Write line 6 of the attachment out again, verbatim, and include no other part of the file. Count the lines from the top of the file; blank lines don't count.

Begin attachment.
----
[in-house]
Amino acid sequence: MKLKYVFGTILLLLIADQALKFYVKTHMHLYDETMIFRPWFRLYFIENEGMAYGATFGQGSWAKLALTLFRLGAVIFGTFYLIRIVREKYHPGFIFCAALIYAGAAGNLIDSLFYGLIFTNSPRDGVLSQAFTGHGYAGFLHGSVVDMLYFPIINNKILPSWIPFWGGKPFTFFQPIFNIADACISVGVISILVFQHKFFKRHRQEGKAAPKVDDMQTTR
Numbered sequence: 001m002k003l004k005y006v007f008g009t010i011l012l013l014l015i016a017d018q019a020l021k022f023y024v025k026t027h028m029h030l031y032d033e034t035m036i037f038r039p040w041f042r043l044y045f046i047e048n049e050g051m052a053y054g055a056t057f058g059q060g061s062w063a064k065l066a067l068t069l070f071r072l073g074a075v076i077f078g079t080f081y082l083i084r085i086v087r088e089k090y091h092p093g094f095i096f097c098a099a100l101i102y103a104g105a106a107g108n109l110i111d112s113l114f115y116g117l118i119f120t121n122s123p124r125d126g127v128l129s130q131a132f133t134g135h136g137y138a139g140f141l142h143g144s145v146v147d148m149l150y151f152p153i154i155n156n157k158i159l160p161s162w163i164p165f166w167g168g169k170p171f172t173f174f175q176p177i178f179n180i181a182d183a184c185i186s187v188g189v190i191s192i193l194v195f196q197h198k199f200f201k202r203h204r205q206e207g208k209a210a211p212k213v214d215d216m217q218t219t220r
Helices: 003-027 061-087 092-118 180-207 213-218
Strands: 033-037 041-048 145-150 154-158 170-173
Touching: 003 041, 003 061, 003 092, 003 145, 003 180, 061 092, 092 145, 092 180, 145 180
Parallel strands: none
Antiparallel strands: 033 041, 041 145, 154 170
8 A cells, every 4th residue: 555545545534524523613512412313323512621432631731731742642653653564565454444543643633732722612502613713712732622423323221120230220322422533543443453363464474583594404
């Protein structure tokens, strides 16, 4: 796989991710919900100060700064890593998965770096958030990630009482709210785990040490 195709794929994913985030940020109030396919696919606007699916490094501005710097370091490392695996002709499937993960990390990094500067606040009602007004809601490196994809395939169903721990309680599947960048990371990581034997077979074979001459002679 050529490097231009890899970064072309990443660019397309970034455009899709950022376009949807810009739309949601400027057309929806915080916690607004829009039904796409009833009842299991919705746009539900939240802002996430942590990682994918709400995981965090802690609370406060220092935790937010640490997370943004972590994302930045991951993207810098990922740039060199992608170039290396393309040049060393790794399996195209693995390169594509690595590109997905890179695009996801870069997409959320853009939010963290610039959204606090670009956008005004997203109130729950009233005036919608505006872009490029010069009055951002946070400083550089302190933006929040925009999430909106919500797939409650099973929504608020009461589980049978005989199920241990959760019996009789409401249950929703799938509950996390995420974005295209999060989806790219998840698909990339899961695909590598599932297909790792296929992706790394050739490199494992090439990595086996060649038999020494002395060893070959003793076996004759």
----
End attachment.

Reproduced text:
Touching: 003 041, 003 061, 003 092, 003 145, 003 180, 061 092, 092 145, 092 180, 145 180